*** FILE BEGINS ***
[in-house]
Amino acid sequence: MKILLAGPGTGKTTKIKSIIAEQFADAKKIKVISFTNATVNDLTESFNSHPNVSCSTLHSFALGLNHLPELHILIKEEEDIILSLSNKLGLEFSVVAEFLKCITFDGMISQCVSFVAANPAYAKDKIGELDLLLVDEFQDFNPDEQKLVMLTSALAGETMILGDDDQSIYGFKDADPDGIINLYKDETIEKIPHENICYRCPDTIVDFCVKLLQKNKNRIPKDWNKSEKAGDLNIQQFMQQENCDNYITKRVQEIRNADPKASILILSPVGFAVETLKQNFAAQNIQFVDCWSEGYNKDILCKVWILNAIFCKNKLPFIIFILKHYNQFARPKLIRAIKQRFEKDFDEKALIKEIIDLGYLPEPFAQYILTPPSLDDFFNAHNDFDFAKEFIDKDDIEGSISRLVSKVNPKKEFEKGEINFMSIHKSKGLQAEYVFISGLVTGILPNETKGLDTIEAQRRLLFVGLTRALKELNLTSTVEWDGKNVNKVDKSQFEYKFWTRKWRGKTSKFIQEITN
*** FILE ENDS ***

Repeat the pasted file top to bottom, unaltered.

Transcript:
[in-house]
Amino acid sequence: MKILLAGPGTGKTTKIKSIIAEQFADAKKIKVISFTNATVNDLTESFNSHPNVSCSTLHSFALGLNHLPELHILIKEEEDIILSLSNKLGLEFSVVAEFLKCITFDGMISQCVSFVAANPAYAKDKIGELDLLLVDEFQDFNPDEQKLVMLTSALAGETMILGDDDQSIYGFKDADPDGIINLYKDETIEKIPHENICYRCPDTIVDFCVKLLQKNKNRIPKDWNKSEKAGDLNIQQFMQQENCDNYITKRVQEIRNADPKASILILSPVGFAVETLKQNFAAQNIQFVDCWSEGYNKDILCKVWILNAIFCKNKLPFIIFILKHYNQFARPKLIRAIKQRFEKDFDEKALIKEIIDLGYLPEPFAQYILTPPSLDDFFNAHNDFDFAKEFIDKDDIEGSISRLVSKVNPKKEFEKGEINFMSIHKSKGLQAEYVFISGLVTGILPNETKGLDTIEAQRRLLFVGLTRALKELNLTSTVEWDGKNVNKVDKSQFEYKFWTRKWRGKTSKFIQEITN